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Part II The Sources of the Law of State Immunity, 6 The Restrictive Doctrine of State Immunity: Its Recognition in State Practice

Hazel Fox, Philippa Webb

From: The Law of State Immunity (Revised and Updated 3rd Edition)

Hazel Fox, QC, Philippa Webb

From: Oxford Public International Law (http://opil.ouplaw.com). (c) Oxford University Press, 2023. All Rights Reserved.date: 21 May 2024

Subject(s):
Diplomatic immunity — Heads of state and other senior officials — Diplomatic privileges — Immunity from jurisdiction, absolute — Acta jure imperii — Immunity from jurisdiction, diplomats — Immunity from jurisdiction, waiver — Sovereignty — Stare decisis — Territoriality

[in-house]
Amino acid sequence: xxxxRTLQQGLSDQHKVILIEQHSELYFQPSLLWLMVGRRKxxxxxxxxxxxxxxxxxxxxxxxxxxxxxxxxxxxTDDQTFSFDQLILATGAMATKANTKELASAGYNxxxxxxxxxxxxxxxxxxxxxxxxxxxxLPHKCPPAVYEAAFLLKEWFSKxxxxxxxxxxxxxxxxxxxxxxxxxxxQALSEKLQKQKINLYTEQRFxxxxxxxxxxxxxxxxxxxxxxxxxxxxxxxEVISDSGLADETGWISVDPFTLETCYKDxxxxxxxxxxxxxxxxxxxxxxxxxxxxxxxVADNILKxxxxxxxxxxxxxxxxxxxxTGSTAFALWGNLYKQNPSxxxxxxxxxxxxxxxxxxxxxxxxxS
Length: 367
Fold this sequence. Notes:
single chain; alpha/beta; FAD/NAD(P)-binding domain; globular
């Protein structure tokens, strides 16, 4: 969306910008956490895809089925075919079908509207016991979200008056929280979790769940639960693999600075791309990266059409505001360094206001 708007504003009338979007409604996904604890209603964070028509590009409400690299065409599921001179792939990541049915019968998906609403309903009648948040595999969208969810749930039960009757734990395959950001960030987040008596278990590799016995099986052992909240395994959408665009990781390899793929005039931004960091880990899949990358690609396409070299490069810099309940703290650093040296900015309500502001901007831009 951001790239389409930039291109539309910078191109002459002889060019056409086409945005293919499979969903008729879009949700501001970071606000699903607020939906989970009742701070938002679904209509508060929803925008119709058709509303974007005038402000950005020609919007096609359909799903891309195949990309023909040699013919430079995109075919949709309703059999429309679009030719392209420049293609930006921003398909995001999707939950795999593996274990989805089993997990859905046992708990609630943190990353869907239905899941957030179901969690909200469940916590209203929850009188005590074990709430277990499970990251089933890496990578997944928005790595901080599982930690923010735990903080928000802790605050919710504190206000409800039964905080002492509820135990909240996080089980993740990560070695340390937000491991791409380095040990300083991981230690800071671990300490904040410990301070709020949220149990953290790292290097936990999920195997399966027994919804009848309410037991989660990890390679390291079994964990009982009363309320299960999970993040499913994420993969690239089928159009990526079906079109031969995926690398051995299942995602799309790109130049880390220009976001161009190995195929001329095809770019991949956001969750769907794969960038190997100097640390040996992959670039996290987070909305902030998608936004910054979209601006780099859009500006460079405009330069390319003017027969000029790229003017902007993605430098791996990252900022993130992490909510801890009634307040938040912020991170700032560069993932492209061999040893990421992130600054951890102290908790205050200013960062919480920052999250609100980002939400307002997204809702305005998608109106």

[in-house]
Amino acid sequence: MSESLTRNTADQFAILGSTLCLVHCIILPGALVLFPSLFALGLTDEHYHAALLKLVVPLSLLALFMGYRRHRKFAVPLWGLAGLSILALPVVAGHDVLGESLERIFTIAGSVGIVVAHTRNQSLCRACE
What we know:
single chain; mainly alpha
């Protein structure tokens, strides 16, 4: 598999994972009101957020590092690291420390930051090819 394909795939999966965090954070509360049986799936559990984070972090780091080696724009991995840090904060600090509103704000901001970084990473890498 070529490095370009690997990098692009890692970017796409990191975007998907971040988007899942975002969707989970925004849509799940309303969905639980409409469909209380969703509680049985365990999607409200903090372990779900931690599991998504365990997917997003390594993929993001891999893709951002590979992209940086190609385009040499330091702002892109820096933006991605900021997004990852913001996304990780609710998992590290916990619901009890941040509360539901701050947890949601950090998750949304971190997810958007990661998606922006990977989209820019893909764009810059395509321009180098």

This chapter recalls the history of the law of State immunity through the decisions of the national courts in both common and civil law jurisdictions and recounts the general recognition in common and civil law jurisdictions of the restrictive doctrine as well as its adoption by national legislation in 1976 in the US (the Foreign Sovereign Immunities Act 1976 (FSIA)) and in 1978 in the UK (the State Immunity Act 1978 (SIA)) followed by similar legislation in some Commonwealths and other countries. The conclusion drawn from State practice in surveys conducted by the International Law Commission (ILC) and the Council of Europe is that there is wide and ever increasing support for a restrictive doctrine of immunity.

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